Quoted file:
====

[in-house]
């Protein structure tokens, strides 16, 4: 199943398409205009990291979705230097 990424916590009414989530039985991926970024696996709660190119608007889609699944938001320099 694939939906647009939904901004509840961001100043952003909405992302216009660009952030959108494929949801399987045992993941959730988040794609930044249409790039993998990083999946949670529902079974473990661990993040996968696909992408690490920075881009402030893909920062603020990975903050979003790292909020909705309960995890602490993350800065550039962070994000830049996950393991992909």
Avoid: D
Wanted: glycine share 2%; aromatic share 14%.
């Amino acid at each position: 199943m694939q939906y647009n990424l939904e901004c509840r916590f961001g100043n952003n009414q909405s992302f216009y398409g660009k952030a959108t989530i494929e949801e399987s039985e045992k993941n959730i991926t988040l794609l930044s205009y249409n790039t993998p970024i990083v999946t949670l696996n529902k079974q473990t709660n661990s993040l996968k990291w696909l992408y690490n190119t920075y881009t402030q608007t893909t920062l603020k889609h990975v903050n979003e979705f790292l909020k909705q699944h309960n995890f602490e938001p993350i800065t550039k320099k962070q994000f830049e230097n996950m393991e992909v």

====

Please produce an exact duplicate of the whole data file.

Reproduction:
[in-house]
């Protein structure tokens, strides 16, 4: 199943398409205009990291979705230097 990424916590009414989530039985991926970024696996709660190119608007889609699944938001320099 694939939906647009939904901004509840961001100043952003909405992302216009660009952030959108494929949801399987045992993941959730988040794609930044249409790039993998990083999946949670529902079974473990661990993040996968696909992408690490920075881009402030893909920062603020990975903050979003790292909020909705309960995890602490993350800065550039962070994000830049996950393991992909």
Avoid: D
Wanted: glycine share 2%; aromatic share 14%.
């Amino acid at each position: 199943m694939q939906y647009n990424l939904e901004c509840r916590f961001g100043n952003n009414q909405s992302f216009y398409g660009k952030a959108t989530i494929e949801e399987s039985e045992k993941n959730i991926t988040l794609l930044s205009y249409n790039t993998p970024i990083v999946t949670l696996n529902k079974q473990t709660n661990s993040l996968k990291w696909l992408y690490n190119t920075y881009t402030q608007t893909t920062l603020k889609h990975v903050n979003e979705f790292l909020k909705q699944h309960n995890f602490e938001p993350i800065t550039k320099k962070q994000f830049e230097n996950m393991e992909v």